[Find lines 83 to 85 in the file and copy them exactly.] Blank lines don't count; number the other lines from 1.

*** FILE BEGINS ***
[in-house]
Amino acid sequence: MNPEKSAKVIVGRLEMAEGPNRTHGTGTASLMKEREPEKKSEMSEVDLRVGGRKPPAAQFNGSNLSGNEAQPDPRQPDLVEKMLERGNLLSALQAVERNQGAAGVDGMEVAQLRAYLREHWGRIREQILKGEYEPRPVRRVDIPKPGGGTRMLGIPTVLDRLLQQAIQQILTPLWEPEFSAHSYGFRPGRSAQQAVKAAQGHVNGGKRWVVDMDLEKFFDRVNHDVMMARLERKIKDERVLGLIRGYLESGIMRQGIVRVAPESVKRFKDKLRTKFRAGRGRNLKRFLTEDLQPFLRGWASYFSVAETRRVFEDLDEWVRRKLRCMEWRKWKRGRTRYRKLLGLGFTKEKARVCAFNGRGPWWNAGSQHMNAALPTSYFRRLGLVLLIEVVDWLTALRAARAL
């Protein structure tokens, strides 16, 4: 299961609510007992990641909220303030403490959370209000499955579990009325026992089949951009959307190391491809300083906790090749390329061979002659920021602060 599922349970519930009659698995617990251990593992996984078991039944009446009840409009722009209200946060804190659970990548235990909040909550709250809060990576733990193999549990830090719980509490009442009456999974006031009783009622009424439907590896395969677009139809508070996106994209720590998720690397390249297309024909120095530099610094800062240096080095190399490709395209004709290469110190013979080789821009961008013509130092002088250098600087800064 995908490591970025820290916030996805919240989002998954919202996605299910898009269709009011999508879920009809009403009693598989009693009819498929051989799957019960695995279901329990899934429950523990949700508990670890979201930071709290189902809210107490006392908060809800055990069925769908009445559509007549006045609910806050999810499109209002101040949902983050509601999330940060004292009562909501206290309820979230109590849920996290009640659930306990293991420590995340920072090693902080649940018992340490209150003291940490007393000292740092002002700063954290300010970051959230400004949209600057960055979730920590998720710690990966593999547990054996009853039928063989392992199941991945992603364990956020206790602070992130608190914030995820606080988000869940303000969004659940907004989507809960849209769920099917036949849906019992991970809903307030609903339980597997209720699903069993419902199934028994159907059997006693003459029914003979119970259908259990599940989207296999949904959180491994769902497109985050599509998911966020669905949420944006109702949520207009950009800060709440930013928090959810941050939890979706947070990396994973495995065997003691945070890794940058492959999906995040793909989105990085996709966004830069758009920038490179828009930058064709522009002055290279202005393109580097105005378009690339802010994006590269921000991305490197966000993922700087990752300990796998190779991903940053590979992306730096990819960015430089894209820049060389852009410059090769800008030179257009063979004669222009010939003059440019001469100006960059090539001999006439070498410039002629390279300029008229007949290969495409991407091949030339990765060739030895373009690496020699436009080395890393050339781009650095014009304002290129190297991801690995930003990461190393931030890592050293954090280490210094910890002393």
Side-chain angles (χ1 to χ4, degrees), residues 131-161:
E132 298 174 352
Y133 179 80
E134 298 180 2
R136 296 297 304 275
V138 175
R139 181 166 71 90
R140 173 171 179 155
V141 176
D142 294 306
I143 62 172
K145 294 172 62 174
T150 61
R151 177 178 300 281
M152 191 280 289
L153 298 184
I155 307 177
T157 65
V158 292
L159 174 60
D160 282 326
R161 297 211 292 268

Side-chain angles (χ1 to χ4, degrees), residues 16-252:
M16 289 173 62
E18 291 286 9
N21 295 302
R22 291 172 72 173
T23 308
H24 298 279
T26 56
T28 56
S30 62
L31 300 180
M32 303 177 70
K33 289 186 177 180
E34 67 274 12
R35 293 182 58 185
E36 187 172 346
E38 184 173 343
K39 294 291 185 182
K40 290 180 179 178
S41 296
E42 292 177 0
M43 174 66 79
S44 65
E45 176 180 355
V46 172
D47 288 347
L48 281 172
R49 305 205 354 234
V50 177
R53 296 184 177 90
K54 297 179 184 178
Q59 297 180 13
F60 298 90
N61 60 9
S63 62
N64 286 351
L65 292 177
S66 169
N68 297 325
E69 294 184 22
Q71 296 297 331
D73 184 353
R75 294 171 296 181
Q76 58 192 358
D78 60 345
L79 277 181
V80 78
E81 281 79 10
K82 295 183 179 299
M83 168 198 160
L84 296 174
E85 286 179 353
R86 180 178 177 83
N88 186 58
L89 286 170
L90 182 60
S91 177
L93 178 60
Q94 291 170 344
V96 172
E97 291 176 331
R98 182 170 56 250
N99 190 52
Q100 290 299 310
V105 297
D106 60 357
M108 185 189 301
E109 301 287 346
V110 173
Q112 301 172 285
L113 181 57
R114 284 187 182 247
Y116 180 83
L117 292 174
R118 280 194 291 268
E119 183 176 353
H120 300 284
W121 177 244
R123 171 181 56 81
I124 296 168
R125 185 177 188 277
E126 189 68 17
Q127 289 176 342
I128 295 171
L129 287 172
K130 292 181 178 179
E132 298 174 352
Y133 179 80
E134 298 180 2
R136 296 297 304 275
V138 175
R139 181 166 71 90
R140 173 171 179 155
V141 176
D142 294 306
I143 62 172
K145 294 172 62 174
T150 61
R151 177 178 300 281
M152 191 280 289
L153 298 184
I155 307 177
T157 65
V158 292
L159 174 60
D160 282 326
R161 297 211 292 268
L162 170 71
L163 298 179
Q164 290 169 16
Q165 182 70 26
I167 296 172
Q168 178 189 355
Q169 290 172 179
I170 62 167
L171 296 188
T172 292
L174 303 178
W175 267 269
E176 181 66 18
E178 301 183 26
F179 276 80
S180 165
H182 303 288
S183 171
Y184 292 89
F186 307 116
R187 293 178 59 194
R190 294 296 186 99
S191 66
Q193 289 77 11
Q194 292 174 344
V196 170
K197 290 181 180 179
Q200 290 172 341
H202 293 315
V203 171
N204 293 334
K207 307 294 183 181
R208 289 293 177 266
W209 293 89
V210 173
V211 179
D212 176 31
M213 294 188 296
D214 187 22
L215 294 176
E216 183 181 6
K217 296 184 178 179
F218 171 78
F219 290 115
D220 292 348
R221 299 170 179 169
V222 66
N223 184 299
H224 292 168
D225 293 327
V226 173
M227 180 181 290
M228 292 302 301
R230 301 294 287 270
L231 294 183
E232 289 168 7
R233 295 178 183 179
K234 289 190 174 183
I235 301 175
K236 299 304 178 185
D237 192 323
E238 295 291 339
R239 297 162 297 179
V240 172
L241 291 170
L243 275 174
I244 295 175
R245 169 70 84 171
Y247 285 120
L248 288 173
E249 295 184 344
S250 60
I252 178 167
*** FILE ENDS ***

L93 178 60
Q94 291 170 344
V96 172